I’ll get a rough outline sorted out in a couple of days, and think “yeah! This is fantastic! Let’s do this!” and then I begin writing and writing and writing ahead, and suddenly the outline feels stiff and unreal: “The characters wouldn’t take this path, it doesn’t fit the story logic.” “This is too fast, I need more pages.” “This feels unnatural, I need different dialogues.” “This goes against the theme and tone I’m going for.” Well, darn. So I make a new outline, more detailed and structurally sound. And I try to make sure it fits the previous outline, but maybe I just need higher stakes or a different climax. So I write ahead. But the outline feels stiff and unreal. Ad… well, not quite infinitum, but definitely a lot.

My personal process has always been an iterative one, like a sieve that only retains my favorite scenes in the manner of keyframes in an animation. I’ve made peace with it despite its lack of efficiency; I don’t believe in axing your darlings, only in making new, stronger decisions that make yourself gasp, laugh and stare in horror and awe at your own creation. Figure out the way out of the hole you’re in like you were in an escape room, or just change a decision somewhere so this situation never comes to be! Do something fun!

If it’s not fun to you, who the heck are you writing for?

My last bit of advice is… not much advice, really. I’m sure you’ve already heard that you want to spend the least amount of time possible on a first draft? I agree* with an asterisk:

If you’re like me and you’re set on self-editing, that’s where the biggest part of the time will ACTUALLY be spent — detailed calibrations, whether necessary or not, since there’s no one there to say “hey, I don’t feel this works out so well,” and more importantly, “hey, I think this is really good.” So if you don’t want to get an editor for any number of reasons, maybe you just need a good buddy —who you know to be very honest and not afraid of giving feedback— to read your story, say their thoughts whether positive or negative, and refill your enthusiasm for it as you’ve recovered a measure of direction! I sure do every so often!

(That’s like half the job an editor does, in my years of experience as a script editor. You should probably hire one. I promise we’re just here to finish polishing your story and helping you approach it from angles you may have overlooked.)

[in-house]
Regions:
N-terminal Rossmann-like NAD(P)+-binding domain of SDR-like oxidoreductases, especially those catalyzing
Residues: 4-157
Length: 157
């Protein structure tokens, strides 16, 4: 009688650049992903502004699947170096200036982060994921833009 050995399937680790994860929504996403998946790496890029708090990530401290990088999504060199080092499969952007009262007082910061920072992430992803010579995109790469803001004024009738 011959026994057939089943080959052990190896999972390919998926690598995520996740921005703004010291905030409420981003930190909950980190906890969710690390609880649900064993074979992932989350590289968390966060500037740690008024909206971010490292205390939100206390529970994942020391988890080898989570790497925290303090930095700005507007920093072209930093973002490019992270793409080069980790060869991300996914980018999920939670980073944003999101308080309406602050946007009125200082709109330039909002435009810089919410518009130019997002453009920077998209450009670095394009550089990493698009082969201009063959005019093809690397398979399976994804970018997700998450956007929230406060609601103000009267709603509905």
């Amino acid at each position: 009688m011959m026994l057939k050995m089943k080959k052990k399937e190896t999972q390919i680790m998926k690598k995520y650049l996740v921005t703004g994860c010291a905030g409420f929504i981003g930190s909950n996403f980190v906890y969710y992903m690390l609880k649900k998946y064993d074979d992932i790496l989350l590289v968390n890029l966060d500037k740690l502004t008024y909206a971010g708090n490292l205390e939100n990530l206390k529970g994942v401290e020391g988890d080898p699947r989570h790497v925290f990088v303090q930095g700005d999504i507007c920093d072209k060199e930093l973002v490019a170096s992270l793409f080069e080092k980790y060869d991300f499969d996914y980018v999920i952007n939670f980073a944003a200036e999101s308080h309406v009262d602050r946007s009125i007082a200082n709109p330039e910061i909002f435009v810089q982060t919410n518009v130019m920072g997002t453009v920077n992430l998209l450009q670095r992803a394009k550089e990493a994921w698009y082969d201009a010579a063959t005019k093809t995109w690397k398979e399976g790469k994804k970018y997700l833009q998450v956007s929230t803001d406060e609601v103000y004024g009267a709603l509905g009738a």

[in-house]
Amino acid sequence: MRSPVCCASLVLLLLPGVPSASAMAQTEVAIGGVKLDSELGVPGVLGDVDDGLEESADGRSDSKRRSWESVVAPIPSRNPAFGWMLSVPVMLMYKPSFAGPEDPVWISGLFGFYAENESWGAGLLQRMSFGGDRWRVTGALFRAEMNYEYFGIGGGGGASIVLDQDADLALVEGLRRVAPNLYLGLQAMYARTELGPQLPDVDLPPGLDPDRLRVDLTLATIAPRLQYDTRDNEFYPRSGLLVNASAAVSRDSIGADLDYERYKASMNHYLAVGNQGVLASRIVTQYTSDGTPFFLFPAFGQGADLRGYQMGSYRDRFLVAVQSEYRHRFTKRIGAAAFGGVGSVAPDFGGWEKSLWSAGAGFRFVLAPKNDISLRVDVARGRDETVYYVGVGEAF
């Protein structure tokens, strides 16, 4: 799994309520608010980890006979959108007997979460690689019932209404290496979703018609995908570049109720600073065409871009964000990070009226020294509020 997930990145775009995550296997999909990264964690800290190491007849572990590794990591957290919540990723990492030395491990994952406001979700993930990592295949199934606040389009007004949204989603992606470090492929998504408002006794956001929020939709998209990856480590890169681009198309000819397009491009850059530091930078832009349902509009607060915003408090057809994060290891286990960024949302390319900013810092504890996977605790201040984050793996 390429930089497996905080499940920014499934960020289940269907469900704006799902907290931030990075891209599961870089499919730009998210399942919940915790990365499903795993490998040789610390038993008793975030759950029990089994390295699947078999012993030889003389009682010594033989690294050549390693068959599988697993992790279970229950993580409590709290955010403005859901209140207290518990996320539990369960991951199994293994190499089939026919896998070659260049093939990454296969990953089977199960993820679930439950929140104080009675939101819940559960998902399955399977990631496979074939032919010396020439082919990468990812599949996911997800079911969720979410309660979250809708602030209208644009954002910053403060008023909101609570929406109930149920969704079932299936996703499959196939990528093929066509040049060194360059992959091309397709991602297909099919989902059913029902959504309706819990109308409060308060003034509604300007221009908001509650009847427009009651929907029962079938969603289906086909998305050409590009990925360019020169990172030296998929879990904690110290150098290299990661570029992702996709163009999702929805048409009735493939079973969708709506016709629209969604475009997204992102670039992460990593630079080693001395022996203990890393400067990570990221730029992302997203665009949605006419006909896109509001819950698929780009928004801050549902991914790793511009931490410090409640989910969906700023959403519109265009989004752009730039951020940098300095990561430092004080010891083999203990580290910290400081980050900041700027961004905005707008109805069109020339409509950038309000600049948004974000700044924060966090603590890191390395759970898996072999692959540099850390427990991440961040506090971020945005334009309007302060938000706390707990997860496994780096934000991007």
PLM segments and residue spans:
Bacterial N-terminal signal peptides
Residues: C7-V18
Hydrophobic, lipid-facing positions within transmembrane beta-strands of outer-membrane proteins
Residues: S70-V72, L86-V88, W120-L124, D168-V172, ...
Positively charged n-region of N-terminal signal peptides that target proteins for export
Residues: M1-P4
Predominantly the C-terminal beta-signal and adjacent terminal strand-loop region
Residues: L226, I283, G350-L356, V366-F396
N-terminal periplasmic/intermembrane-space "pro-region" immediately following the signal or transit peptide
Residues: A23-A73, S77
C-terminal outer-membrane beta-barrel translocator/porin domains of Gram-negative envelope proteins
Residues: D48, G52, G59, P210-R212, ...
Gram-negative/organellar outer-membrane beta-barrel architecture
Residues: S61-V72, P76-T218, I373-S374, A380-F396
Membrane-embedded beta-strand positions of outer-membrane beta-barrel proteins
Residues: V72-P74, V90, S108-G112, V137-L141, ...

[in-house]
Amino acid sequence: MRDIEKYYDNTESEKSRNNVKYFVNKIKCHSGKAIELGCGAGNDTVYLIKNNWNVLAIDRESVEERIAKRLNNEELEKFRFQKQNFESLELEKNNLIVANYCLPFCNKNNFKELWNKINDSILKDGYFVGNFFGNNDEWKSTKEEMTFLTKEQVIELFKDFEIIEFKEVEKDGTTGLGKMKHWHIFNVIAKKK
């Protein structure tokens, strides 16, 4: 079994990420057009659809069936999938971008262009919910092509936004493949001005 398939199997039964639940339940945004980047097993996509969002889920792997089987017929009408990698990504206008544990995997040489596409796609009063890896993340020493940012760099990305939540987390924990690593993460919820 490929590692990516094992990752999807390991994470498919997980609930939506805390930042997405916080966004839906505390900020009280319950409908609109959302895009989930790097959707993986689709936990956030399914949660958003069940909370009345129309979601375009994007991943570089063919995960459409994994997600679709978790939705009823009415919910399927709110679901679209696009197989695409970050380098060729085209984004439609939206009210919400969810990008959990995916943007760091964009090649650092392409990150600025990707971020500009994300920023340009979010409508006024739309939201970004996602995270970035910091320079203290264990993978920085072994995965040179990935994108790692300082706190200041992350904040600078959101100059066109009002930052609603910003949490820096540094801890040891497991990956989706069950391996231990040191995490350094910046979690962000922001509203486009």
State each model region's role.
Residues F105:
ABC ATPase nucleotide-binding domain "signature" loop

So to sum this whole thing up: figure out what launches you directly into the “OH NO” mountain, and then try different methods to get back on the road! Try, try, try, try! You have your whole life ahead to try and have fun figuring it out, it doesn’t need to be perfect now, or ever, really. Growing and learning from yourself is half the fun!

The other half is complaining about writing.

The Hayseed Knight

The game is released in chapters. What made you decide to go this route instead of releasing the game in full?

Originally, chapter 1 was going to be a demo to get funding for the full game and keep the whole thing free for everyone. But there wasn’t any kind of success on Patreon like I thought there’d be, so I thought “welp. I guess I’ll make it chapter by chapter and save for the voice acting in the meantime!”

But in the end it got too costly even for that because my health took a turn for the worse. Suddenly I had a new influx of bills to pay, so I couldn’t afford to keep it free either.

So money. The reason is money :,]

Chapter 4 of The Hayseed Knight is in development! Now’s your time to tell our readers why they should play the game!

Because I know for a fact you’ll be laughing out loud in the first 10 minutes! I think of visual novels as theatre with subtitles and audience participation, and I set out to make you feel fully immersed in this world!

With full voice acting and gorgeous animated art left and right, characters that you’ll love —and love to hate—, mysteries abound, and an in-game encyclopedia for those who love to dive into lore, there’s never a boring moment in The Hayseed Knight!

Aside from The Hayseed Knight, are there any other projects that you’re currently involved in that you can tell our readers about?

I work as a freelancer for several companies, but some of my favorite projects at the moment are:

Mars Vice, a queer biopunk narrative adventure game currently in development, where I’m the co-creative director and art director.

And Sword of the Necromancer, a rogue-lite RPG about summoning monsters to save your lover, where you get to be a cool lesbian rogue. I cast and directed the voice acting in both English and Japanese, and SOTN 2 is currently in development!

If you would like to follow Maxi and keep up-to-date on what they’re working on, you can follow them on Twitter here. If you’re interested in checking out their title, The Hayseed Knight, on Steam, you can visit the game’s page here. You can purchase it for $14.99 USD and there is also a demo out for it if you want to get a preview of what the game has to offer!

Kristi Jimenez